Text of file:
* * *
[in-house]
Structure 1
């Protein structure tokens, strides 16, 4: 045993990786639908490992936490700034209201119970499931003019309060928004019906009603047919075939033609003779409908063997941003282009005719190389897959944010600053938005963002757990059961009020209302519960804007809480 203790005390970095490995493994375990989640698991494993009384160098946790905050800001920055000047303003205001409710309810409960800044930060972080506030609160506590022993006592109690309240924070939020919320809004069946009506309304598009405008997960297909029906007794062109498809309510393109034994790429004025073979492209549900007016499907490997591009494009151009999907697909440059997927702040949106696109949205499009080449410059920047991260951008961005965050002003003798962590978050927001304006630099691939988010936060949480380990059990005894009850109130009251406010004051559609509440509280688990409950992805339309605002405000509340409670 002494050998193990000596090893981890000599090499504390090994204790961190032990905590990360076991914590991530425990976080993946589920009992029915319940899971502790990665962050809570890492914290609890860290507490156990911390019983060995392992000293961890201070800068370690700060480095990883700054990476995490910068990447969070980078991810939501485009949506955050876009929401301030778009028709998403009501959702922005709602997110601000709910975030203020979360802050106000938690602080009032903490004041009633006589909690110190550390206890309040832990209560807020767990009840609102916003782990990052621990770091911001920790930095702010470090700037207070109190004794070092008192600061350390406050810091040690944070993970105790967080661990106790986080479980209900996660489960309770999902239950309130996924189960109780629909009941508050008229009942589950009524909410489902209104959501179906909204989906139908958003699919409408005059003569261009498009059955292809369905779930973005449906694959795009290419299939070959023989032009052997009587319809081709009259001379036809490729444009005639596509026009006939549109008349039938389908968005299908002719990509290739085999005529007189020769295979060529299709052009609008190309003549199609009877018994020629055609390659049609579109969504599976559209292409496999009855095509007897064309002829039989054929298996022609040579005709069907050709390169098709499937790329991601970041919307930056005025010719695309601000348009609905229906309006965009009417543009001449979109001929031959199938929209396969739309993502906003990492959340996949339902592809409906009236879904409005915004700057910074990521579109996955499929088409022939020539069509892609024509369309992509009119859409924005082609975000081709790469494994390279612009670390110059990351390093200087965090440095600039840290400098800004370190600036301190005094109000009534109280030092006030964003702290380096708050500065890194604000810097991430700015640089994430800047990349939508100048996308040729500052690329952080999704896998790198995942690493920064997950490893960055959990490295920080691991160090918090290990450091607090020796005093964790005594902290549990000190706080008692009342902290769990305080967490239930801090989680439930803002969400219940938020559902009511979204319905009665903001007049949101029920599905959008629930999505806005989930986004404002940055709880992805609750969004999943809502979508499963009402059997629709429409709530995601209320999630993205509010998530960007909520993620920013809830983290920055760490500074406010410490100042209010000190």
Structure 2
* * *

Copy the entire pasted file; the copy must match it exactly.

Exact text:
[in-house]
Structure 1
């Protein structure tokens, strides 16, 4: 045993990786639908490992936490700034209201119970499931003019309060928004019906009603047919075939033609003779409908063997941003282009005719190389897959944010600053938005963002757990059961009020209302519960804007809480 203790005390970095490995493994375990989640698991494993009384160098946790905050800001920055000047303003205001409710309810409960800044930060972080506030609160506590022993006592109690309240924070939020919320809004069946009506309304598009405008997960297909029906007794062109498809309510393109034994790429004025073979492209549900007016499907490997591009494009151009999907697909440059997927702040949106696109949205499009080449410059920047991260951008961005965050002003003798962590978050927001304006630099691939988010936060949480380990059990005894009850109130009251406010004051559609509440509280688990409950992805339309605002405000509340409670 002494050998193990000596090893981890000599090499504390090994204790961190032990905590990360076991914590991530425990976080993946589920009992029915319940899971502790990665962050809570890492914290609890860290507490156990911390019983060995392992000293961890201070800068370690700060480095990883700054990476995490910068990447969070980078991810939501485009949506955050876009929401301030778009028709998403009501959702922005709602997110601000709910975030203020979360802050106000938690602080009032903490004041009633006589909690110190550390206890309040832990209560807020767990009840609102916003782990990052621990770091911001920790930095702010470090700037207070109190004794070092008192600061350390406050810091040690944070993970105790967080661990106790986080479980209900996660489960309770999902239950309130996924189960109780629909009941508050008229009942589950009524909410489902209104959501179906909204989906139908958003699919409408005059003569261009498009059955292809369905779930973005449906694959795009290419299939070959023989032009052997009587319809081709009259001379036809490729444009005639596509026009006939549109008349039938389908968005299908002719990509290739085999005529007189020769295979060529299709052009609008190309003549199609009877018994020629055609390659049609579109969504599976559209292409496999009855095509007897064309002829039989054929298996022609040579005709069907050709390169098709499937790329991601970041919307930056005025010719695309601000348009609905229906309006965009009417543009001449979109001929031959199938929209396969739309993502906003990492959340996949339902592809409906009236879904409005915004700057910074990521579109996955499929088409022939020539069509892609024509369309992509009119859409924005082609975000081709790469494994390279612009670390110059990351390093200087965090440095600039840290400098800004370190600036301190005094109000009534109280030092006030964003702290380096708050500065890194604000810097991430700015640089994430800047990349939508100048996308040729500052690329952080999704896998790198995942690493920064997950490893960055959990490295920080691991160090918090290990450091607090020796005093964790005594902290549990000190706080008692009342902290769990305080967490239930801090989680439930803002969400219940938020559902009511979204319905009665903001007049949101029920599905959008629930999505806005989930986004404002940055709880992805609750969004999943809502979508499963009402059997629709429409709530995601209320999630993205509010998530960007909520993620920013809830983290920055760490500074406010410490100042209010000190």
Structure 2